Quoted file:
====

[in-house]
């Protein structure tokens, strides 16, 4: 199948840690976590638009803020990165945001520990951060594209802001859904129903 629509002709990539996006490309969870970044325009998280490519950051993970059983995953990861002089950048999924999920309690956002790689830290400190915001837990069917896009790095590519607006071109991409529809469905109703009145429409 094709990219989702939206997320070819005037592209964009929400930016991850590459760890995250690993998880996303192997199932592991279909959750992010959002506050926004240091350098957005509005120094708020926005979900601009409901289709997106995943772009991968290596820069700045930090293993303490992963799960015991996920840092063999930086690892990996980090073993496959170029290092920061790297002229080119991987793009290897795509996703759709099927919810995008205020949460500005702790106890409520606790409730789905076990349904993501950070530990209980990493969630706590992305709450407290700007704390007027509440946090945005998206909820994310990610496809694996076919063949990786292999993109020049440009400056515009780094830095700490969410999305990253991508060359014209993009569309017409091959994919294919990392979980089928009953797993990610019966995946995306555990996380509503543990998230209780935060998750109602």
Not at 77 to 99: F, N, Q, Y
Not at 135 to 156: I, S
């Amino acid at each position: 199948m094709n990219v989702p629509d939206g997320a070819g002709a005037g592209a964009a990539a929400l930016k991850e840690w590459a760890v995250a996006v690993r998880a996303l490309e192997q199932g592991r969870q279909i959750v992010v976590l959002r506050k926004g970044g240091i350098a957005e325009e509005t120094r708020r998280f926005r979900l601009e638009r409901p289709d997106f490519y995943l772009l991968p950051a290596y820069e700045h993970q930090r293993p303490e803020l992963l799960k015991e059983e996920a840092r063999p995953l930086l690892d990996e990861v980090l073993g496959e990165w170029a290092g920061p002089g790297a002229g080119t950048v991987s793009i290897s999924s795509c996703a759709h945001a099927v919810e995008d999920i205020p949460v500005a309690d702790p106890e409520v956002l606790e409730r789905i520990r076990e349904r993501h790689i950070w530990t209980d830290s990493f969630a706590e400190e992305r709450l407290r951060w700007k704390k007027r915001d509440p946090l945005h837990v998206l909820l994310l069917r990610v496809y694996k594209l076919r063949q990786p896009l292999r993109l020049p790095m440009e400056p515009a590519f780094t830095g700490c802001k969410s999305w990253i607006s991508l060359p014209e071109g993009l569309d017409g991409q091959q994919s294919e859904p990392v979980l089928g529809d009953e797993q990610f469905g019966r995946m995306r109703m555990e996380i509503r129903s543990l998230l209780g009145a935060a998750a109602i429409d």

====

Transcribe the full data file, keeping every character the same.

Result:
[in-house]
């Protein structure tokens, strides 16, 4: 199948840690976590638009803020990165945001520990951060594209802001859904129903 629509002709990539996006490309969870970044325009998280490519950051993970059983995953990861002089950048999924999920309690956002790689830290400190915001837990069917896009790095590519607006071109991409529809469905109703009145429409 094709990219989702939206997320070819005037592209964009929400930016991850590459760890995250690993998880996303192997199932592991279909959750992010959002506050926004240091350098957005509005120094708020926005979900601009409901289709997106995943772009991968290596820069700045930090293993303490992963799960015991996920840092063999930086690892990996980090073993496959170029290092920061790297002229080119991987793009290897795509996703759709099927919810995008205020949460500005702790106890409520606790409730789905076990349904993501950070530990209980990493969630706590992305709450407290700007704390007027509440946090945005998206909820994310990610496809694996076919063949990786292999993109020049440009400056515009780094830095700490969410999305990253991508060359014209993009569309017409091959994919294919990392979980089928009953797993990610019966995946995306555990996380509503543990998230209780935060998750109602």
Not at 77 to 99: F, N, Q, Y
Not at 135 to 156: I, S
């Amino acid at each position: 199948m094709n990219v989702p629509d939206g997320a070819g002709a005037g592209a964009a990539a929400l930016k991850e840690w590459a760890v995250a996006v690993r998880a996303l490309e192997q199932g592991r969870q279909i959750v992010v976590l959002r506050k926004g970044g240091i350098a957005e325009e509005t120094r708020r998280f926005r979900l601009e638009r409901p289709d997106f490519y995943l772009l991968p950051a290596y820069e700045h993970q930090r293993p303490e803020l992963l799960k015991e059983e996920a840092r063999p995953l930086l690892d990996e990861v980090l073993g496959e990165w170029a290092g920061p002089g790297a002229g080119t950048v991987s793009i290897s999924s795509c996703a759709h945001a099927v919810e995008d999920i205020p949460v500005a309690d702790p106890e409520v956002l606790e409730r789905i520990r076990e349904r993501h790689i950070w530990t209980d830290s990493f969630a706590e400190e992305r709450l407290r951060w700007k704390k007027r915001d509440p946090l945005h837990v998206l909820l994310l069917r990610v496809y694996k594209l076919r063949q990786p896009l292999r993109l020049p790095m440009e400056p515009a590519f780094t830095g700490c802001k969410s999305w990253i607006s991508l060359p014209e071109g993009l569309d017409g991409q091959q994919s294919e859904p990392v979980l089928g529809d009953e797993q990610f469905g019966r995946m995306r109703m555990e996380i509503r129903s543990l998230l209780g009145a935060a998750a109602i429409d």